"Abigail has dedicated her life to the issues that no-one ever wants to talk about. In fact, she's done the complete opposite and published widely on the topics of child sexual abuse, female body image and the porn industry."


Angela Ryder

Angela Ryder has a Bachelor of Commerce majoring in Human Resources and Industrial Relations, a Certificate III in Aboriginal Drug and Alcohol Work and a Certificate IV in Training and Assessment. In 2011 she was inducted into the WA Women's Hall of Fame.

Angela Ryder was born in Western Australia's South West and is one of nine children. Her father, who had arrived from England at the age of 12 in 1924, was a World War II veteran and farmer in Walpole and her mother is from the Noongar community of the Wiilmen region in Katanning. History has a way of repeating itself: like her mother, Angela is from the Stolen Generation and she has also reared a large family.

As a child Angela lived in Katanning and, despite the harsh conditions, which included hunger and living on handouts, she has fond memories. She never forgets the moment she was taken away from her family and placed in a mission.

In the early 1980s Angela held a government position in Katanning when she was transferred to Perth. She remembers the excitement she felt at living in the city and how grateful she was for the reprieve from the impoverished, and at times violent, conditions in Katanning. She attributes her 'escape from the country' to a special friend who helped her through the difficult times.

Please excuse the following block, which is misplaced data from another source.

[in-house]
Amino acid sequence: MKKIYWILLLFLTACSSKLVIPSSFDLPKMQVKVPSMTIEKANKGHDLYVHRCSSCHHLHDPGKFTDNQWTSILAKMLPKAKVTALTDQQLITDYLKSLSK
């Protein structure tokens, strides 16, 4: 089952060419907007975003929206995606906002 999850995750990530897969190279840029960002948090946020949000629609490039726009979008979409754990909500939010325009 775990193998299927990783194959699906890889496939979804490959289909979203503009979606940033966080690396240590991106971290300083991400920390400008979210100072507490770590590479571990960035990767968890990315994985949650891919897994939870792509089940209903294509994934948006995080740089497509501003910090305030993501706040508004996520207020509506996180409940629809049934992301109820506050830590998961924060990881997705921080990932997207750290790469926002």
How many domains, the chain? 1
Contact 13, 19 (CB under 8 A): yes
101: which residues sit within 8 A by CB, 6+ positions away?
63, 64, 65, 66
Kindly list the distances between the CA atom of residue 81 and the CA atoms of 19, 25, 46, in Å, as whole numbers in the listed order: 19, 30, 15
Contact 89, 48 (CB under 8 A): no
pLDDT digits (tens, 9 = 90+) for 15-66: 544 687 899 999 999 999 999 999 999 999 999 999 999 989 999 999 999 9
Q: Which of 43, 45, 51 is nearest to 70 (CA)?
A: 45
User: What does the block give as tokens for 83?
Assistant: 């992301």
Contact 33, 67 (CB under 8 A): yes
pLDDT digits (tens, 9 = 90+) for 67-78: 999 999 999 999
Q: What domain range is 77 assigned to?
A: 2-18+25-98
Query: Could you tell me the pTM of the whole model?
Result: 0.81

She is now the Senior Manager of Aboriginal Services at the not-for-profit community organisation Relationships Australia. It's a position well suited to Angela because, in providing support and assistance to the community, she has the opportunity also to connect with her heritage. She works with many individuals, organisations, schools and government agencies to raise cultural awareness and understanding. The services provided include referrals, youth programs, outreach, advocacy, community workshops and cultural information. Angela is skilled and experienced in a diverse range of areas including program management, event organisation, and finance and planning.

For the last decade she has had the voluntary role of Chairperson of the Langford Aboriginal Association. She gets great satisfaction from seeing a small Aboriginal-managed organisation grow, prosper and deliver programs and services to community members. On occasion everyone comes together to celebrate significant events such as NAIDOC (National Aborigines and Islanders Day Observance Committee) Week and the Apology to Stolen Generations.

The changes Angela would like to see for the Aboriginal community are, 'A strengthening of cultural pride; a place of belonging and recognition that we are worthy, that we have rights. Our culture and language will never disappear and will continue to be taught and shared through the generations.' She is not alone in this way of thinking and works closely with Relationships Australia colleague Jan Woodland, who like Angela is an incredible advocate for their community members. Together they have been sharing stories of their experiences with young people and raising cultural awareness, which they refer to as Cultural Fitness.

Although Angela has had to face formidable hardships, her compassion and empathy shine through, and she helps and enhances the lives of many.

"Giving to the community is admirable in itself, but more so since Angela had something very valuable taken away from her as a child."